Sgt. Rick Clement plowed up Dickson Road on Friday, the Olympic torch attached to the side of his wheelchair, flame burning despite pouring rain.
The crowd clapped solemnly, water slapping against their hands, cheering on a soldier who had stepped on a mine in Afghanistan and changed his life forever by leaving him legless.
He didn't seem to mind the drenching -- or the fact that his section of the torch relay was all uphill -- but he did want everyone to think about other service people, some far, far way.
"I just want everyone to be a bit proud of the forces and the job they do really," he said. "I'm carrying it for all the troops that are out there."
Scenes like this have made the torch relay an event across the length of Britain, with huge crowds coming out to meet it wherever it goes. Spectators have stood in the rain and wind, in doorways and on sidewalks, along country lanes and beside superhighways, just hoping for a glimpse of a lone runner, torch in hand, flame held high.
The torch is winding its way to every corner of the country ahead of its showcase moment at the July 27 Opening Ceremony. On Friday, it was halfway through its 70-day journey, a route which will see it travel within 10 miles (16 kilometers) of 95 percent of the British population.
It's been on horseback. It's traveled on a balloon. It's been on boats, planes, trains. It's been carried by Olympians and Paralympians, singers and dancers, police officers and firefighters. The queen's granddaughter, Zara Phillips, has shared the honor with James Winter, a 40-year-old milkman from Chard who was nominated for delivering, no matter the weather.
If the Beijing relay set up the 2008 Summer Games as China's coming-out party on an international stage, London's relay is setting up Britain as the community Olympics -- maybe not the biggest and most spectacular, but one that will be welcoming -- and certainly well attended.
The English are normally too inhibited and squeamish to make a big fuss about anything -- except sport, Kate Fox, the author of "Watching the English," wrote in a British Airways survey on the games.
"Big sporting events such as the London 2012 games provide an antidote ... an excuse to shed some of our inhibitions and be a bit more emotive or demonstrative," she said.
Organizers of the London Olympics assumed that the world would be excited about the London Games. But they were worried about what people in Britain would think -- particularly given that Brits are often a cynical lot and proud of it, thank you. This was particularly important given that the bill to taxpayers for 9.3 billion pounds ($14.7 billion) to host the event comes at a time of economic austerity. People wondered whether the money was well spent.
There's also the fact that so much activity is focused on Olympic Park in London. There had to be some sense that other parts of the country were involved -- that the Olympics also belonged to Scotland, Wales and Northern Ireland.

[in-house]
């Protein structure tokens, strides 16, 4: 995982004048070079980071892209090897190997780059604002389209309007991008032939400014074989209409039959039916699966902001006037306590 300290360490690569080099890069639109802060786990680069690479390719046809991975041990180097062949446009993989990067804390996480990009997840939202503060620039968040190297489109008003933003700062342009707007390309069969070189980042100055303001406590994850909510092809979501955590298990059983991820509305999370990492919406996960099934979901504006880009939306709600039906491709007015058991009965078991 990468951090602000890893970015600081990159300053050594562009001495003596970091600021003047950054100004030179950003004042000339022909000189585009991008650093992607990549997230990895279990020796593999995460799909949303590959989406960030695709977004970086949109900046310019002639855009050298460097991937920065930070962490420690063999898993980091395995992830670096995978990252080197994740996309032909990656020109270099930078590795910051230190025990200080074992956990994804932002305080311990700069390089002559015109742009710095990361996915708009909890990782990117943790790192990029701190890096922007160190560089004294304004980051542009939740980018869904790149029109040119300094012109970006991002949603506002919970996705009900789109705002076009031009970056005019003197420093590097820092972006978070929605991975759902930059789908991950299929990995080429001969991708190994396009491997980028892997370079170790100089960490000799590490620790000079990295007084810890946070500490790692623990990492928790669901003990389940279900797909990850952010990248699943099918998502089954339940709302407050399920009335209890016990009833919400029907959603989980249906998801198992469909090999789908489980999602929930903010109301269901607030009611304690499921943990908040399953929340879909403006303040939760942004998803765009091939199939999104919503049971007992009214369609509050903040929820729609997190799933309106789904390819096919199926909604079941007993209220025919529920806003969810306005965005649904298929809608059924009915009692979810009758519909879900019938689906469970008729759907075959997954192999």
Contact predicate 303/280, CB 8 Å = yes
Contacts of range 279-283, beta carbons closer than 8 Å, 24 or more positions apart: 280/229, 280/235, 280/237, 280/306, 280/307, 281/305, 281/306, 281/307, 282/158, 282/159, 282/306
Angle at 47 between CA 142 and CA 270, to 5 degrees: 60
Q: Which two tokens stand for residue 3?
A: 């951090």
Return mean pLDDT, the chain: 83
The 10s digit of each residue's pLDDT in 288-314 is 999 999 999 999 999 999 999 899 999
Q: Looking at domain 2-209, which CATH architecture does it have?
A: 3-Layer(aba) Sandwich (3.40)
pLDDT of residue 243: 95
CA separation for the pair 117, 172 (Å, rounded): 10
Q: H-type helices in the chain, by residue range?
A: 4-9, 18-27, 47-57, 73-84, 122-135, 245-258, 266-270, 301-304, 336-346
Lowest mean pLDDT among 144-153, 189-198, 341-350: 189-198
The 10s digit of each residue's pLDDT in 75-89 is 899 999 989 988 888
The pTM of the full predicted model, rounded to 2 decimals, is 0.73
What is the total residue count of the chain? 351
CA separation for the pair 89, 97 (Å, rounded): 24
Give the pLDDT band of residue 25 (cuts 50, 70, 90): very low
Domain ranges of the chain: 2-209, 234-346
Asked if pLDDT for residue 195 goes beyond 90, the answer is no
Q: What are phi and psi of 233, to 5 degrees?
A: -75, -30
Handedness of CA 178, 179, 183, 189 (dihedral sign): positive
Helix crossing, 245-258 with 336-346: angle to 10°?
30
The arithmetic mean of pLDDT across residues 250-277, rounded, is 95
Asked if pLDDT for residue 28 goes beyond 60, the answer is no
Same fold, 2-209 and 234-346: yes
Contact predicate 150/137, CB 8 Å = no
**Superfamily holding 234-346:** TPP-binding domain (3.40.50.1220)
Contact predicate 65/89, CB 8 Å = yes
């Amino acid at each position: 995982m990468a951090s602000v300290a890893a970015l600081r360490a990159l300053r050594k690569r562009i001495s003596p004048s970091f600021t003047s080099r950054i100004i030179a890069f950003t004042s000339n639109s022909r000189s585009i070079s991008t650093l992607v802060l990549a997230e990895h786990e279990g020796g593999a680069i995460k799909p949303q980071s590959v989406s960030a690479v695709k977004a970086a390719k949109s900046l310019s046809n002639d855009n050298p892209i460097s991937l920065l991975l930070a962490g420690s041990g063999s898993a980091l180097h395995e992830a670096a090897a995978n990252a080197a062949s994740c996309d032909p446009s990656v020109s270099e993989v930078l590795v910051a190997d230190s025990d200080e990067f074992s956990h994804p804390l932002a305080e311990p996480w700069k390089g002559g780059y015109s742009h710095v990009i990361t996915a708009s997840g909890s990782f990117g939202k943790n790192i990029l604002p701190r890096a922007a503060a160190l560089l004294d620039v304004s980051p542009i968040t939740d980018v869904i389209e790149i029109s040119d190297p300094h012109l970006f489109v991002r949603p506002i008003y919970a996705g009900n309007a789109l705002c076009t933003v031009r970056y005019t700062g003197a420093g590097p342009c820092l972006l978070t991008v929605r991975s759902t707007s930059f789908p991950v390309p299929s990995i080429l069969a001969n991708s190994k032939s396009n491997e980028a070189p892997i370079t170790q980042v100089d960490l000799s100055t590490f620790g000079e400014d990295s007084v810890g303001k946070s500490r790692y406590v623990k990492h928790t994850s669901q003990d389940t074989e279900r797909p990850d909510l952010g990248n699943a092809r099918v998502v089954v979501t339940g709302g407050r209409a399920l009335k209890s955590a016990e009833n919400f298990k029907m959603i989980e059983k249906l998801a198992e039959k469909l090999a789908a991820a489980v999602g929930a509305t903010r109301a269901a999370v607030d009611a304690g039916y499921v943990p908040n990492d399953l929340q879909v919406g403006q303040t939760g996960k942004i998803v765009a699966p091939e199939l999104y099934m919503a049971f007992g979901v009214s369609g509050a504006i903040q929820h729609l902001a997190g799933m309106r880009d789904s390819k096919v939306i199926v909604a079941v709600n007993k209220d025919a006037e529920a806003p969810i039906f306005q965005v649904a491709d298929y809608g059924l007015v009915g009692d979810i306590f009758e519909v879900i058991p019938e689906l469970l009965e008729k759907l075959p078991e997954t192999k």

`'I don't think I'll ever see it again," said Amanda Poole, 38, who came to see the torch in seaside resort of Blackpool in northwestern England with her daughter, Nastassja, 8, and her husband, Steve. `'Even though it's raining and windy, it just adds to the atmosphere."
All over the country, people have been touched by the torch. In one central England city, Worcester, 70,000 people -- out of a population of 93,300 -- turned up for the celebratory lighting of the flame cauldron. The numbers are already making city planners further along the route think twice.
Garrett Emmerson, a senior official with Transport for London, told The Associated Press that plans for the torch's arrival in London had to be reconsidered after seeing its reception elsewhere. Britain has had to pour more money into crowd-control plans for London during the Olympics -- after it acknowledged that it underestimated the crowds that would turn out to see the flame.
Even the sponsors have been surprised and moved by the turnouts. Tanya Veingrad, a communications official for sponsor, Lloyds, said that she'd seen crowds materialize from nowhere. In one small Scottish village, Drumnadrochit, people stood 10 deep.
`'I thought, where did all these people come from?" she said.
Whether they are coming just because it is a local happening, or because people are moved by the fairy dust of the games, it's not really clear. A torch leg is a hoo-hah that features sponsor buses and music, streamers and tambourines, cheerleaders, cameras and the center of it all, the flame.
So bad was the weather in Blackpool that an evening celebration had to be moved indoors and the whole route changed only a few hours before to move it away from the ocean, which was churning in white caps. But everyone seemed to find the torch anyway.
Clement, 32, a veteran of Afghanistan who lost both legs and part of an arm in combat, was surrounded by photographers as he got off the bus that brought him to the bottom of the hill. Beaming, he picked up the flame, and slowly, drinking in every moment, he wheeled his way up.
The crowd walked alongside until he reached the top, kids running past the shopfronts.
And it rained. So what.
(Copyright 2012 by The Associated Press. All Rights Reserved.)